Singing My Praises
My father sang often, and off key, a dreadful sound
for all his cheer, deep in his throat, like something stuck,
something buried and straining to get out.
Ganz falsch! my mother would yell,
“Completely wrong!” She tried to pick up the tune,
which sounded like death coming slowly, like pain
and darkness covering the visible world.
My ears ached, and I hid beneath a blanket
until they stopped and gasped for breath, laughing
at their own ineptitude. Then they’d have a drink
and a smoke, while I listened to my radio.
I don’t know how it happened, but I had a great voice,
full-throated as a nightingale, clear as a mountain stream,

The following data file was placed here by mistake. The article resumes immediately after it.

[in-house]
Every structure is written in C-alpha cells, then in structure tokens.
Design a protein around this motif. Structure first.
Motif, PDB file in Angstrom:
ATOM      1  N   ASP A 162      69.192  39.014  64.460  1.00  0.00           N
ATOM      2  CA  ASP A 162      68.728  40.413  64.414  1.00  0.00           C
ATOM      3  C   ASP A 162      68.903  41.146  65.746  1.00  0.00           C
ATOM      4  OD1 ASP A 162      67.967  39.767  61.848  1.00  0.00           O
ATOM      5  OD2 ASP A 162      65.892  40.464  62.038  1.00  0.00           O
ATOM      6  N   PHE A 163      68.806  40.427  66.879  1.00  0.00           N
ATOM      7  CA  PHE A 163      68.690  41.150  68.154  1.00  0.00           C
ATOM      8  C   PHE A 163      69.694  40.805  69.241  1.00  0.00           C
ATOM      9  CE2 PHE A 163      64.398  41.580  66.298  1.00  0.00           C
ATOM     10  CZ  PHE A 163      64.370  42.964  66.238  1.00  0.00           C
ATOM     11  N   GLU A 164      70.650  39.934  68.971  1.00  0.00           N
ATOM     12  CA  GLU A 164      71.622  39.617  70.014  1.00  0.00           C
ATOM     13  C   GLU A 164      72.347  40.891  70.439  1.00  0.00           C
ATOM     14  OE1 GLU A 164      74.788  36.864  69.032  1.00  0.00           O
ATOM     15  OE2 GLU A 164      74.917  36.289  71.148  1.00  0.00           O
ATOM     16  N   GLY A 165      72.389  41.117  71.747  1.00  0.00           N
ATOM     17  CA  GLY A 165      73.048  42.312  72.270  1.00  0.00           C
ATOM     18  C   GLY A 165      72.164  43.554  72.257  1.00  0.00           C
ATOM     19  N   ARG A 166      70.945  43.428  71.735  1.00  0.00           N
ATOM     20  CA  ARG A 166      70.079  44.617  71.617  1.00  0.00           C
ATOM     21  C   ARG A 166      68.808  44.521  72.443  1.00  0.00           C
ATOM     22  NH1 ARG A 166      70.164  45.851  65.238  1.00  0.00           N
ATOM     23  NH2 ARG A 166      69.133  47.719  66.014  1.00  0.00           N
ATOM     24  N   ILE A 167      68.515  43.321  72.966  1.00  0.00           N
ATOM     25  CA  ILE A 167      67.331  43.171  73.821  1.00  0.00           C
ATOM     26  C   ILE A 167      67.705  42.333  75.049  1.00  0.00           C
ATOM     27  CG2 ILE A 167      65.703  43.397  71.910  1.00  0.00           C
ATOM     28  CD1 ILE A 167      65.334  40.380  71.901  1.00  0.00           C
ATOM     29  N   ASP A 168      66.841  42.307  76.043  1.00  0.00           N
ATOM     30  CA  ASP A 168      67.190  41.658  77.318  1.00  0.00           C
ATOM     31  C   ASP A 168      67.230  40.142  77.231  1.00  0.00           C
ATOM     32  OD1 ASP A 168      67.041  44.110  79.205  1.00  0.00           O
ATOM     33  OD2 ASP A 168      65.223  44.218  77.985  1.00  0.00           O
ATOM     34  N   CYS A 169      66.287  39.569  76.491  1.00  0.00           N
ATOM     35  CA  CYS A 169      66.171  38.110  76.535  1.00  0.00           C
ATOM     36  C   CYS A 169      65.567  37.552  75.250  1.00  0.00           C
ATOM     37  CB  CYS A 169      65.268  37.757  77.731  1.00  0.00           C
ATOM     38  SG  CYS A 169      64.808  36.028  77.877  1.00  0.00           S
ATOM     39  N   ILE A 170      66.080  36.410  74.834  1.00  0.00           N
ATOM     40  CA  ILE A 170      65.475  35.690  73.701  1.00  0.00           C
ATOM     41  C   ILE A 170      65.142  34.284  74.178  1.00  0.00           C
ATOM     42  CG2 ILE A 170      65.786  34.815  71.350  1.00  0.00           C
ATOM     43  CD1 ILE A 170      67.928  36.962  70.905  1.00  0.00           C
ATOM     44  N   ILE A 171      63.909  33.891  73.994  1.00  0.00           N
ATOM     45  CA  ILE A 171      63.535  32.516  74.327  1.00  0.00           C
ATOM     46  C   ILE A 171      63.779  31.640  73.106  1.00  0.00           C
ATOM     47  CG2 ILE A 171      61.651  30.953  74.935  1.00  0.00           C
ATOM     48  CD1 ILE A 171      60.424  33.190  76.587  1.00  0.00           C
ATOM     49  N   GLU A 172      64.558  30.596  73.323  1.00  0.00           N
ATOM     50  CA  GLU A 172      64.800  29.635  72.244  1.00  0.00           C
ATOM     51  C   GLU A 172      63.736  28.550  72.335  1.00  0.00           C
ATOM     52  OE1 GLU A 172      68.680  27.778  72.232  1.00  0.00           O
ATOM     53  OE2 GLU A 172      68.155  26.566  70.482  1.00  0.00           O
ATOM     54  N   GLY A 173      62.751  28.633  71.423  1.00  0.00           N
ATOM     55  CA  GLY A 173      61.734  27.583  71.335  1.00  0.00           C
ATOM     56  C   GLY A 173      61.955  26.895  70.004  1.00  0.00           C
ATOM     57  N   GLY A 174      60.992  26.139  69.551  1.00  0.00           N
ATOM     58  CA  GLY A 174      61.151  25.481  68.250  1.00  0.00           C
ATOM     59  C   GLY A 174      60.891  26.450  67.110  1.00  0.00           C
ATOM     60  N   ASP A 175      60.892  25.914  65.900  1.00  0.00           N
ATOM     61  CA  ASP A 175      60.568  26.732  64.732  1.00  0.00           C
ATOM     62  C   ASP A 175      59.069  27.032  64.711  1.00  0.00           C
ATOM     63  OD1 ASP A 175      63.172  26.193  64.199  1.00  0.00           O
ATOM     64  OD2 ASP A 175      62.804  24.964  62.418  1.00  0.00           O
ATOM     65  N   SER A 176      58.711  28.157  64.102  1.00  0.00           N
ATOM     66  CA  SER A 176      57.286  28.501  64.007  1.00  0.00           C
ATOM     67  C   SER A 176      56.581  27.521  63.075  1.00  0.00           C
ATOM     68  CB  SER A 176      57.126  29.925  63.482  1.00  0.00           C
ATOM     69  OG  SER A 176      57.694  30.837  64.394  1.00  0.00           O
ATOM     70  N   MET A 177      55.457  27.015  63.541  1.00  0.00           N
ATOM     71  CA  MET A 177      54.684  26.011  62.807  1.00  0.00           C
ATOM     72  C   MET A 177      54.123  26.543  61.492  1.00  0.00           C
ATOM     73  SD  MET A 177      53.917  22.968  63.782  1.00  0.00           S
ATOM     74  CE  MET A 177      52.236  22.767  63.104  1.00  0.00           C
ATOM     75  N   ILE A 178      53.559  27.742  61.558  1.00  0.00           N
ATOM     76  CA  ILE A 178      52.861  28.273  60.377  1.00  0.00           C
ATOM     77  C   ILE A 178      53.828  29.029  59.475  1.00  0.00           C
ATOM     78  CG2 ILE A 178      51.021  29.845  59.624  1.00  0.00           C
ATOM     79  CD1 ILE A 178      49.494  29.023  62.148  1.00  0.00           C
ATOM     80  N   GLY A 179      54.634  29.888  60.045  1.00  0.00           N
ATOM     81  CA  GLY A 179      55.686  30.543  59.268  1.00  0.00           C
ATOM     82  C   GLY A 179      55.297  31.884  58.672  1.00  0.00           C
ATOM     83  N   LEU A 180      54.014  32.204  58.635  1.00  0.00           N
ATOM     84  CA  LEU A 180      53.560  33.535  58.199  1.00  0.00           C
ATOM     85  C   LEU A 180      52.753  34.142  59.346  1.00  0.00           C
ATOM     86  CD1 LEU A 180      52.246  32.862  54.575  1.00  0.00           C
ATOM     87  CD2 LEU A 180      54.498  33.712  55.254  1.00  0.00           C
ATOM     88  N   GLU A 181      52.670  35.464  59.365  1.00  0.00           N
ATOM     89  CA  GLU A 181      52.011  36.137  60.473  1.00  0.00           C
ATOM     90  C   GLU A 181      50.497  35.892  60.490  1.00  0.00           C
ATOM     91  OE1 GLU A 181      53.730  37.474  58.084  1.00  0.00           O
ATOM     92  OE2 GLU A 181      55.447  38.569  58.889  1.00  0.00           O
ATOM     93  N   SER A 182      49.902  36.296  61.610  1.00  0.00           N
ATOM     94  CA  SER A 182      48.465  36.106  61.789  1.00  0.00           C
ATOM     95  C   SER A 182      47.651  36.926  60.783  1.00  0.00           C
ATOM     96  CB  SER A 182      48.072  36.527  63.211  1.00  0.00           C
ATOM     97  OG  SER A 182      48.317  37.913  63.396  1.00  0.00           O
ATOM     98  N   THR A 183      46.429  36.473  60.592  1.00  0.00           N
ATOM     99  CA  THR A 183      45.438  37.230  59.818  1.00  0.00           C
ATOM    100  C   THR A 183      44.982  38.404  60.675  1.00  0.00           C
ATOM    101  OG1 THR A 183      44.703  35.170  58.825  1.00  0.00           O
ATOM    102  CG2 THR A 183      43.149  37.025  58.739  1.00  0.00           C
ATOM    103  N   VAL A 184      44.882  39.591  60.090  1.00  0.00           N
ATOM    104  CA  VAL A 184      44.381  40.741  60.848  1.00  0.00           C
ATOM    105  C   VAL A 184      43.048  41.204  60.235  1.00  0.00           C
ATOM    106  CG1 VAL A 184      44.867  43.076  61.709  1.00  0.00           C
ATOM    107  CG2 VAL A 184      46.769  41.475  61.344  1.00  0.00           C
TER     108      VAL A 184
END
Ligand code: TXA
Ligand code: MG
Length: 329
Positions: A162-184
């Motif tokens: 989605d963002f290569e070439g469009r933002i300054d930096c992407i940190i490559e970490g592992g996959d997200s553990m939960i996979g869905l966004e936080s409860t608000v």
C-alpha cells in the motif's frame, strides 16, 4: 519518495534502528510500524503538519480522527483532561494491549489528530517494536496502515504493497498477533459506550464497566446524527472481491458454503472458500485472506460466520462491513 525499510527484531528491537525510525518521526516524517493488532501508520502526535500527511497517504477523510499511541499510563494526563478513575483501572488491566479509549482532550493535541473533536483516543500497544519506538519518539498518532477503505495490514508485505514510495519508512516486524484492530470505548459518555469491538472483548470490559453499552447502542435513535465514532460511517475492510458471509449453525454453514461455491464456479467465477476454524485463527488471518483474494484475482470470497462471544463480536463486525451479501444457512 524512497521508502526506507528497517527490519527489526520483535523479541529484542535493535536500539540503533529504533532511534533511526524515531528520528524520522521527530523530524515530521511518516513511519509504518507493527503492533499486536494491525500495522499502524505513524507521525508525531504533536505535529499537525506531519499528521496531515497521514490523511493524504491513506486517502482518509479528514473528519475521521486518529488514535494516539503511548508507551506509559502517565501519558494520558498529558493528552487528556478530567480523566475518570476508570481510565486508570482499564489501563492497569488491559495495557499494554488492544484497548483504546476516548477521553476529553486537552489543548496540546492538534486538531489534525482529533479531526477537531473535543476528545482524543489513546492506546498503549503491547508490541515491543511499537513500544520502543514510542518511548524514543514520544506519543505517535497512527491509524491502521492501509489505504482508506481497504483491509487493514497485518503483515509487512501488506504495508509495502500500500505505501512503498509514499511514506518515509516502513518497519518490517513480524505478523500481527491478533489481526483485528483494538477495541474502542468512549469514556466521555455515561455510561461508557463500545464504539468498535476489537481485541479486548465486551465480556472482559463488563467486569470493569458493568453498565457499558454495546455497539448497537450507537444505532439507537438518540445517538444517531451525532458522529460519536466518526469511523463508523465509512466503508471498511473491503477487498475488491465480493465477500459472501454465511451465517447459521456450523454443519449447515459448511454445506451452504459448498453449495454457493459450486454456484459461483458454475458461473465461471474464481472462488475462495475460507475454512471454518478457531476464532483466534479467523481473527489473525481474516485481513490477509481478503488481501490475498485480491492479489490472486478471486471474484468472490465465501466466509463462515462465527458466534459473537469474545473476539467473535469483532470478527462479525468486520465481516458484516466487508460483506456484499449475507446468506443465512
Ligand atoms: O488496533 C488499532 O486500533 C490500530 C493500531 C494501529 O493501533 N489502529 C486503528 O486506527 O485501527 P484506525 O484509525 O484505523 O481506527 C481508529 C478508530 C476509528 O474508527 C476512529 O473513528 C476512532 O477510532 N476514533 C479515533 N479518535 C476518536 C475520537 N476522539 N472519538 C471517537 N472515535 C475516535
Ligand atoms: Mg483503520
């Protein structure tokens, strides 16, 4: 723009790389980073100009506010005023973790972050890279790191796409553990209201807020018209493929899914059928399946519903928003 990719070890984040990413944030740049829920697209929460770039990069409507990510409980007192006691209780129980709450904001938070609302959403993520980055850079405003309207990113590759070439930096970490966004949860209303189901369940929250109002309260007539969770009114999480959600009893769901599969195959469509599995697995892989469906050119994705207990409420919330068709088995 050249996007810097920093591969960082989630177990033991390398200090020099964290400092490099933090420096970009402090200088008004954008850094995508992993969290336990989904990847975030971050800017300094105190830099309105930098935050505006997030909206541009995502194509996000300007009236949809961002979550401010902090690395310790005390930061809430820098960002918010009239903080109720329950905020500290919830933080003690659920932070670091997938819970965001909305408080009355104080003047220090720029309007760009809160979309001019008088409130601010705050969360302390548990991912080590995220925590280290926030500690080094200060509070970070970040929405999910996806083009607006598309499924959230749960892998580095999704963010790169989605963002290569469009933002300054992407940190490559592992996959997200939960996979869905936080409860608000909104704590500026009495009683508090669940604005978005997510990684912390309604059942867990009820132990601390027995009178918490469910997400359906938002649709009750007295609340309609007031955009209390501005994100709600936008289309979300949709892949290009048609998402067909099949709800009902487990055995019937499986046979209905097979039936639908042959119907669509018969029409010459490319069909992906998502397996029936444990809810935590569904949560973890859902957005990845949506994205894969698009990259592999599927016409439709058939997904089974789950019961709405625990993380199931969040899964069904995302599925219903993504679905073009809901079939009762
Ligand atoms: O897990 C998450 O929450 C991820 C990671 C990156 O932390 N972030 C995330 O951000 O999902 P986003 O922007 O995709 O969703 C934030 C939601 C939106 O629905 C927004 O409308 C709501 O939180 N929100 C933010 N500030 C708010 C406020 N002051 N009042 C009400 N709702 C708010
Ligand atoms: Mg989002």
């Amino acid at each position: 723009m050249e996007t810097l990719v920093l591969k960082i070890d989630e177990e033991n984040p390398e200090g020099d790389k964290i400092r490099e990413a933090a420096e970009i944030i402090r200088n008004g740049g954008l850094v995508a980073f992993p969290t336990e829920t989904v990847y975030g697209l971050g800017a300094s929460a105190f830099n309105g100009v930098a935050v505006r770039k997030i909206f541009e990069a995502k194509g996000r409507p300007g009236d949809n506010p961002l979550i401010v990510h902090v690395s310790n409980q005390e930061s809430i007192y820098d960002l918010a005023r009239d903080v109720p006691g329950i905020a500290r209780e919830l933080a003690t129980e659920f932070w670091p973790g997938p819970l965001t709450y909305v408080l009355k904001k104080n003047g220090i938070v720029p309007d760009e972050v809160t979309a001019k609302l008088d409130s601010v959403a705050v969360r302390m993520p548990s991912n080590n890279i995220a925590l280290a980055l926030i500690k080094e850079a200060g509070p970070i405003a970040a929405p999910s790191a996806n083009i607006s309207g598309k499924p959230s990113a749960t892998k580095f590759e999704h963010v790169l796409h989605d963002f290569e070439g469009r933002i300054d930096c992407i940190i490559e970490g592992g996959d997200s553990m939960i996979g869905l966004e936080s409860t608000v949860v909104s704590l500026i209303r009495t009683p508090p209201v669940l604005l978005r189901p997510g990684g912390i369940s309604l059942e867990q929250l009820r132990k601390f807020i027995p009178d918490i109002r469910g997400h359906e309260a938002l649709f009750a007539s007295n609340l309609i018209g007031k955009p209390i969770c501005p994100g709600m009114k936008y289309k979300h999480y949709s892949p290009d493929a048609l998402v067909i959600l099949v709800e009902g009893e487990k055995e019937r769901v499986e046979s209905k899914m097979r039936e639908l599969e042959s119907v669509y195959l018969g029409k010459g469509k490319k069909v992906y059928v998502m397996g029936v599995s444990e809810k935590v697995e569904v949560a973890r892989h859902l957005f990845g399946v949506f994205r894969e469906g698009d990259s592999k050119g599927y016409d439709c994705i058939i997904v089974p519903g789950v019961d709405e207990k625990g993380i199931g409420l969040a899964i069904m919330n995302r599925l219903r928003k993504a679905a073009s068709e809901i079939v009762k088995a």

rich as whipped cream on a one-per center’s birthday cake.
I starred in the grade school musical, charmed the bullies
and the girls. I sang in the outfield, sang at the beach,
harmonizing with seagulls and waves.
I sang on the bus, and even the driver hummed along.
Later I sang in a band, with my eyes closed most of the time.
I never shut up.
I sang in the street, and neighborhood dogs howled along.
I even sang when I broke my leg, when my skin itched so badly
that notes burst from me, a thousand nails from a homemade
If you have any thoughts on this poem, Steve Klepetar
would be pleased to hear them.